The need for a hostel:
Seven years ago, the teachers of Sikkim Himalayan Academy watched as a determined mother carried her 3 year old son down the mountain daily to come to school. Everyday she walked down for two hours to reach the school at 08:45 am. She waited patiently for more than 6 hours till school finished and then carried her son uphill again. The long and arduous journey specially in the monsoons did nothing to dampen her spirit. Finally the teachers hearts melted and Nima was taken into the school hostel. The small hostel barely has place to accommodate 30 students but our heart found place to squeeze in the little boy. Nima is now over 10 years old and has completed his primary education from SHA. This is the story for most of our hostelers.
Moreover many of the children come from houses where the environment seldom encourages the child’s studies. Books are thrown aside as the child
either struggles to complete all work or rushes around playing in the forest.
Parents return from a day of hard labor and seldom inquire about more than the
childs’ general health.
If not for the presence of a hostel, many children would drop out of school and loiter around the forests. The residential school is the only way for the children of the villages to continue their education.
The School philosophy:
"You have not lived today until you have done something for someone who can never repay you" - John Bunyan
This quote is the philosophy on which Sikkim Himalayan Academy (SHA) was started more than a decade ago. The school was set up in 2003, with a vision to impart quality education to children from remote and often neglected areas of Sikkim. The founders observed that several families in such areas either lacked the means to send their children to school or preferred the children helped with the daily chores at home, abandoning their education. SHA was thus conceptualized to seek out talented children from such backgrounds and provide them high quality education increasing their chances to attain a prosperous future. The school, nestled in a small village of Buriakhop in West Sikkim, had been providing quality education upto grade 5 for about 80 students.
Children from remote corners of West Sikkim come to our school for a better quality of education. Our present hostel facility unfortunately is unable to accommodate more than 30 students at a time. Help us build a beautiful hostel that will match the beauty of these innocent children and let us open our arms and hearts out to more deserving children. The school hostel is a home for the children for over 10 months in a year and we wish for them to stay in a safe and healthy environment.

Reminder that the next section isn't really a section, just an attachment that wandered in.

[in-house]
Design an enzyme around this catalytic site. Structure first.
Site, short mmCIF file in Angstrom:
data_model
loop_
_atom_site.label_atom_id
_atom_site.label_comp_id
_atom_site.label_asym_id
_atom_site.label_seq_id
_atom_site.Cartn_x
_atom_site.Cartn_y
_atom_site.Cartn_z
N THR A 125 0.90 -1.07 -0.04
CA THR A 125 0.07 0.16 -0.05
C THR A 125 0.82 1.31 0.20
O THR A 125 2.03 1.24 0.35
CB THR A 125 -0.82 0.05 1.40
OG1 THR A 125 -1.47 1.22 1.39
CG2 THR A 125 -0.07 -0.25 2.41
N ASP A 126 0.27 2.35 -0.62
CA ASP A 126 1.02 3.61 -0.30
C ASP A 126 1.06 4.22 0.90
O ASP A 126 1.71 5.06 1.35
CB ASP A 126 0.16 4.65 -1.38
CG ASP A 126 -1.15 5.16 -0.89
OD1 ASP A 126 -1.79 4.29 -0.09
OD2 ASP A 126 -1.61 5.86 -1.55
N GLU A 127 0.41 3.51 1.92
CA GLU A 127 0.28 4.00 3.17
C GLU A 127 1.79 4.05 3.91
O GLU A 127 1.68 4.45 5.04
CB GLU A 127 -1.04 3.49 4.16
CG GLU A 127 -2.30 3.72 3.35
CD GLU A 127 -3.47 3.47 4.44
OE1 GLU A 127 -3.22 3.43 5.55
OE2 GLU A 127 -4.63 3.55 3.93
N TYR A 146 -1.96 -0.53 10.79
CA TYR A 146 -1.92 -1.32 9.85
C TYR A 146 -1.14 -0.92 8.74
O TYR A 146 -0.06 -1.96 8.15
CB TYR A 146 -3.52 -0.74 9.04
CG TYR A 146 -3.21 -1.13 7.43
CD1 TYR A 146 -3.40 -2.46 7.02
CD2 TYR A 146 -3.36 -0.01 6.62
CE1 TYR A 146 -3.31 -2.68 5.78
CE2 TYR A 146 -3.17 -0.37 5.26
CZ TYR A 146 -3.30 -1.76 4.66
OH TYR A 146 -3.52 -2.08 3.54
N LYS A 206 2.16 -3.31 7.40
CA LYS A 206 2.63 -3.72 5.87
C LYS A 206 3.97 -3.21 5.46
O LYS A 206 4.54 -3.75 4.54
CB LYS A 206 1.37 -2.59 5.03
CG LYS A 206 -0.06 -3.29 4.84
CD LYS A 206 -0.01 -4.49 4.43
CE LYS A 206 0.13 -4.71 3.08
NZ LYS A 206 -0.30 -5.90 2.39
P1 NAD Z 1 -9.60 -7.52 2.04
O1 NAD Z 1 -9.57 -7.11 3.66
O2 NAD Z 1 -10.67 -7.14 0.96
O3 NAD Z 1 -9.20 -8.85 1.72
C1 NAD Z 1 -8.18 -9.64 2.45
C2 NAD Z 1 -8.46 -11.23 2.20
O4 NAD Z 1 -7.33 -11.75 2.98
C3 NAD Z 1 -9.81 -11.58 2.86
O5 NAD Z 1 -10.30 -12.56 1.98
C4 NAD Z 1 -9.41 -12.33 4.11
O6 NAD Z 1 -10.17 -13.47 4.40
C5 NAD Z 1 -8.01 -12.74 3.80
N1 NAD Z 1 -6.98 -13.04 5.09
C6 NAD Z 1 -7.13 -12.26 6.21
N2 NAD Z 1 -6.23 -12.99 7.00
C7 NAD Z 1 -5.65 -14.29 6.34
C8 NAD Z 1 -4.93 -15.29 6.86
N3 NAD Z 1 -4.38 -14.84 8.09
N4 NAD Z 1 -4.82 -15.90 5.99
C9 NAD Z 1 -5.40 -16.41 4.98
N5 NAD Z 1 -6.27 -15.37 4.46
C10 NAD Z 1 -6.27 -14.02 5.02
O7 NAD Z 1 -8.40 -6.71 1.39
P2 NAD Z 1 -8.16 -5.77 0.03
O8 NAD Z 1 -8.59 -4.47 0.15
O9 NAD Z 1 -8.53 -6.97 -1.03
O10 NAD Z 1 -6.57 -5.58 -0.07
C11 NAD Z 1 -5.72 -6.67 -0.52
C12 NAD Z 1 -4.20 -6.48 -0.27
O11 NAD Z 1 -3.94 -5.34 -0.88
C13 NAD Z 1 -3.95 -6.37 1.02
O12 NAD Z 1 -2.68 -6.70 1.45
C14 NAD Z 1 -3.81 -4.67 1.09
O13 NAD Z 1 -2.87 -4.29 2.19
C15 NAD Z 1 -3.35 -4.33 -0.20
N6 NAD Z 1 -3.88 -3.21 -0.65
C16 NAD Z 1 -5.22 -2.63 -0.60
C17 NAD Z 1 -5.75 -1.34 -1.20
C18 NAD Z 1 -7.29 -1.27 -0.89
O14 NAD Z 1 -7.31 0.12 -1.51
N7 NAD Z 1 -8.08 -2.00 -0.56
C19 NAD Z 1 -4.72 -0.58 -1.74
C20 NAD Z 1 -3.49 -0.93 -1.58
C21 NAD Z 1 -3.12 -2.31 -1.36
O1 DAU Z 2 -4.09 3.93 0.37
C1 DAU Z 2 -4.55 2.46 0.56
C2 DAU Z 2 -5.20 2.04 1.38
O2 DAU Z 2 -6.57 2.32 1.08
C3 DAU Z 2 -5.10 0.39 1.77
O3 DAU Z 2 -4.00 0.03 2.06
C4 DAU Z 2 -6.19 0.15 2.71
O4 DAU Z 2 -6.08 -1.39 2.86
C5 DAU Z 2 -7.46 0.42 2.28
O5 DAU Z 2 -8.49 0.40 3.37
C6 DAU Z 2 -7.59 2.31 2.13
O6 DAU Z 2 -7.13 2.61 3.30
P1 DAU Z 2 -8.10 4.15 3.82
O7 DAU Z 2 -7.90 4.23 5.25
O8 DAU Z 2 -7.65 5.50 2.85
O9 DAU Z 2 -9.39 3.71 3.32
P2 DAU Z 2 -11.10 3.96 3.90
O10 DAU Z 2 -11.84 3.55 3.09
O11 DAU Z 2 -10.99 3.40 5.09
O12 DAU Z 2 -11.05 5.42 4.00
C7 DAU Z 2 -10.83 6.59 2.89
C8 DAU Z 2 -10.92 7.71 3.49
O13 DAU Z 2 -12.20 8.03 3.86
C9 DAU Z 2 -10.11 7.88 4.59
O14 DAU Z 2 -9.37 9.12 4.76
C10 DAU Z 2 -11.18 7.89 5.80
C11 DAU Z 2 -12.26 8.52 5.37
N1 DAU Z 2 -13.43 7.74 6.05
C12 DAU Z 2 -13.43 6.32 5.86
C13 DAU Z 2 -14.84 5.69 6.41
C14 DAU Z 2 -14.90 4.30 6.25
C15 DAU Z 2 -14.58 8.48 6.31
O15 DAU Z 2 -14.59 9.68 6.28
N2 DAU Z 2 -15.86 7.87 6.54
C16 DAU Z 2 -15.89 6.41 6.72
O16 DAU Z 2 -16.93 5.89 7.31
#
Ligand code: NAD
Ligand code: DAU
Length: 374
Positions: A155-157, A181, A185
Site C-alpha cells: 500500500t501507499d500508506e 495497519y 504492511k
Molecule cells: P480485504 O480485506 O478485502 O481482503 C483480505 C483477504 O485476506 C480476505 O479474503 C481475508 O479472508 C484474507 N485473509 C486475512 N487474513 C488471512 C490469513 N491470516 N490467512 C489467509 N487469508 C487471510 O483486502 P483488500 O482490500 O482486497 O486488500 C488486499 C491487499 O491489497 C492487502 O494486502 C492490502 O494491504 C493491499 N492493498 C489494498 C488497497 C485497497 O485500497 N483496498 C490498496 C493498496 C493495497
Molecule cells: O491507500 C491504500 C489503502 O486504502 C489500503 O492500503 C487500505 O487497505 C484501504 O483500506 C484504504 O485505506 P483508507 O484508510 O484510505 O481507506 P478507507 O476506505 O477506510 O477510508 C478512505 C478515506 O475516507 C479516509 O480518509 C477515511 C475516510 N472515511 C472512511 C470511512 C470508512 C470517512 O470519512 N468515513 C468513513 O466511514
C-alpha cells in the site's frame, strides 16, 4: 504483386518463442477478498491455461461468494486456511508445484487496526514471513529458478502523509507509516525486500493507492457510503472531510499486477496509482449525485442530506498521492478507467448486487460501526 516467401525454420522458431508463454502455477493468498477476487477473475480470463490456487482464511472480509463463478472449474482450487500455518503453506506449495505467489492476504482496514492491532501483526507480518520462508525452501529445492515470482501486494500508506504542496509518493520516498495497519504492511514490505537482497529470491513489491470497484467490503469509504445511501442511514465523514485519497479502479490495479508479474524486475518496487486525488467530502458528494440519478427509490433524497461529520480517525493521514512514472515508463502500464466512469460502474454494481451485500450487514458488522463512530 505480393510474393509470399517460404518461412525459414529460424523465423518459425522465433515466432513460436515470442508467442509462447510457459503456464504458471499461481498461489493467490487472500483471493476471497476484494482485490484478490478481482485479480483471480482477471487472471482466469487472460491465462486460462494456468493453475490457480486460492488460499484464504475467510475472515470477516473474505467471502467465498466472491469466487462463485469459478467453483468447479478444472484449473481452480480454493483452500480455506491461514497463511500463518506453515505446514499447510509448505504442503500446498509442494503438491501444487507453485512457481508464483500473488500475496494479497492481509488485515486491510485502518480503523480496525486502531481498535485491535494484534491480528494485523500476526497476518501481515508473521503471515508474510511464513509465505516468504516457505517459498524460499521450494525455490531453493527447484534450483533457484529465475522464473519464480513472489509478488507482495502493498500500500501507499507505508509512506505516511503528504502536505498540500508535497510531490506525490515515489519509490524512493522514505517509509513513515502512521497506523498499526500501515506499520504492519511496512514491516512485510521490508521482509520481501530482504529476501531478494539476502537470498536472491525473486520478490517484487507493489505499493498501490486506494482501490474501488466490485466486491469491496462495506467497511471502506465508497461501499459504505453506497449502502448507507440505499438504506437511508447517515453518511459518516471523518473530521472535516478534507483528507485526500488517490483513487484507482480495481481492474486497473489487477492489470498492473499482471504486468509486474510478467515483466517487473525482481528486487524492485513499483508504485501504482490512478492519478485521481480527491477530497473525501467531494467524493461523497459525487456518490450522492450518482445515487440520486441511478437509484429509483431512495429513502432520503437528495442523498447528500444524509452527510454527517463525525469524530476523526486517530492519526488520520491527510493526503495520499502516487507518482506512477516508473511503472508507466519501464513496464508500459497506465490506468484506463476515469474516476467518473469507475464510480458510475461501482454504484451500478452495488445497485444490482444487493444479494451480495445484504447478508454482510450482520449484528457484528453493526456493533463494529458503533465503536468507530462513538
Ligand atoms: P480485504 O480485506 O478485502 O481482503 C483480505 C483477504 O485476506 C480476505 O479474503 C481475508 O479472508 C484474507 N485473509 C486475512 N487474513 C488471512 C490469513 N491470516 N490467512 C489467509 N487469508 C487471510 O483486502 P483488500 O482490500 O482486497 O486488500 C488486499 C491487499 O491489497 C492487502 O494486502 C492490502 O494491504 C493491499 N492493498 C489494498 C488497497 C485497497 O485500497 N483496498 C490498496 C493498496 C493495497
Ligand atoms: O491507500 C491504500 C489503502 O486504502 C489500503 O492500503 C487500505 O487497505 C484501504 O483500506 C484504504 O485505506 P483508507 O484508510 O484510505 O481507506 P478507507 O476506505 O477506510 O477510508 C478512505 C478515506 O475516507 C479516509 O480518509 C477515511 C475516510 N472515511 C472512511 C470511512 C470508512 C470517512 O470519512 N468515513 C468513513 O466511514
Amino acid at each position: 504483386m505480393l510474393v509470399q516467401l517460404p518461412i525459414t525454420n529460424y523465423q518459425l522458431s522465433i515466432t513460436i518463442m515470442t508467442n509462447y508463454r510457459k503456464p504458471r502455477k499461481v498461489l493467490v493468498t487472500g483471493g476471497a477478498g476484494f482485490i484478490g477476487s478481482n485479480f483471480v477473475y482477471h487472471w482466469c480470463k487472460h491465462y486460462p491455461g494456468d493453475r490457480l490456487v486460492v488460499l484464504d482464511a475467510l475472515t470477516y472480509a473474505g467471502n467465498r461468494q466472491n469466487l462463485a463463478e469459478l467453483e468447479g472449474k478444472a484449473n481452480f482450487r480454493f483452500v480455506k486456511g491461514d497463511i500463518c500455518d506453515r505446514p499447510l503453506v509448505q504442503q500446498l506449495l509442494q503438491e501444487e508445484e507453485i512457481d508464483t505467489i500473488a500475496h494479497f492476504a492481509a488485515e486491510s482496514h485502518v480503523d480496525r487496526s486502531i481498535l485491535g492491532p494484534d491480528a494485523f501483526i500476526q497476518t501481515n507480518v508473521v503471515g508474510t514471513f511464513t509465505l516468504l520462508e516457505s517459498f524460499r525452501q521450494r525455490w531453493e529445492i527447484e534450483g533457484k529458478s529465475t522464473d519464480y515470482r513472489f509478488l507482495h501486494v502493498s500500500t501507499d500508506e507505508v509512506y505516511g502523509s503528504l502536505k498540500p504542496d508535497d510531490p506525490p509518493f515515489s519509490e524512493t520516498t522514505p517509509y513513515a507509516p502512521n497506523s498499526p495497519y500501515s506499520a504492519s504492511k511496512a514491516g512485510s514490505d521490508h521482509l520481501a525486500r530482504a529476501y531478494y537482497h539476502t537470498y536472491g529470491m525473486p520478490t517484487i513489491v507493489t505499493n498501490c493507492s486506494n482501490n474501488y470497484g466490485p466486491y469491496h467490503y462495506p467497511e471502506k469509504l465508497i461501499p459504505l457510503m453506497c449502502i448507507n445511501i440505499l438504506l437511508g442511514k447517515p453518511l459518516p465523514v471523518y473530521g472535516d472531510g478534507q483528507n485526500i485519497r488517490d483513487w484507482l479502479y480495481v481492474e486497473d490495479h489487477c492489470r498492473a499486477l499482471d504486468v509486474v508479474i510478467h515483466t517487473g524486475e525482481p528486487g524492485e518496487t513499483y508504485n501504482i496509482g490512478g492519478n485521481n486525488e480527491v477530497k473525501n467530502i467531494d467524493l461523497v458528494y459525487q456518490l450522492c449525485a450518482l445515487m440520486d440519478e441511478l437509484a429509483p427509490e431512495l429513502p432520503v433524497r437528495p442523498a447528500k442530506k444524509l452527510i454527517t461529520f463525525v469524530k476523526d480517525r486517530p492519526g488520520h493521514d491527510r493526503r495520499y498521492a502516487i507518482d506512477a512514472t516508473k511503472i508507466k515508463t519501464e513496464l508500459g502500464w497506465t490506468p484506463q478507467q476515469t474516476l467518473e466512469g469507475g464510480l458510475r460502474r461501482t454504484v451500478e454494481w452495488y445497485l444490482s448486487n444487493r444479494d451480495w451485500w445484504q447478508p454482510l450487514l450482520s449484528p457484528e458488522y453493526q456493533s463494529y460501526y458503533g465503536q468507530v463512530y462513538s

The Vision for a New Hostel:
The school and hostel require over 1 acre of land to build a new hostel . We envision a 2 floor structure with girls and boys located on separate floors. With this new hostel, we shall be able to accommodate over 210 children. A healthy environment is essential to keep the children happy and ready to learn now things everyday.
How you can Help:
We have earmarked a plot of land a local is ready to sell for just 15 lakhs. We urge you to contribute generously. Every small contribution helps. Any contribution big or small goes towards creating a brighter future for the children. There is no limit on the amount of money one wishes to donate.
We have created perks for large amounts of money and will thank you over social media or send you a handwritten message with the love of the children enclosed.
Do also share this link so it can reach out to a wider audience.
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The children of SHA were happy this Saturday to play with paints and crayons. A drawing competition help set their imagination free.
Wait for us to now announce the winners of this competition.
Thank you Hema didi for contributing to building our hostel. We hope more Didis and Bhaiyas like you help so we can soon live in a better hostel.
Thank you Dhiren Bhaiya for your help. I, Pemba Sherpa from class IV, have written you a small letter to thank you for helping build a new hostel for me.
I hope you continue to be a part of our journey and share the good word about our school so other Bhaiyas and Didis can help us too.
Fun at school. Play time on Saturdays is made more fun as a new volunteer teaches the children new games.
"Ola Ola Pepsi ya Cola" yelled the kids as they played an age old game. Clapping hands and counting numbers.
The Maths Olympiad started off with gusto - Cildren excited as they lined up in the ground for an hour of solving puzzles.
Class I to V ran to win points for their teams. But soon dark clouds came on and it began to rain. The children ran for cover in the hostel. But the show must go on.We continued the competition. 60 children and all the teachers pitched in as they squeezed into the little hostel.
Circumstances cannot dampen their spirit as the quickly solved puzzles and maths questions.
The winner were declared by Maths teacher Sushma Miss.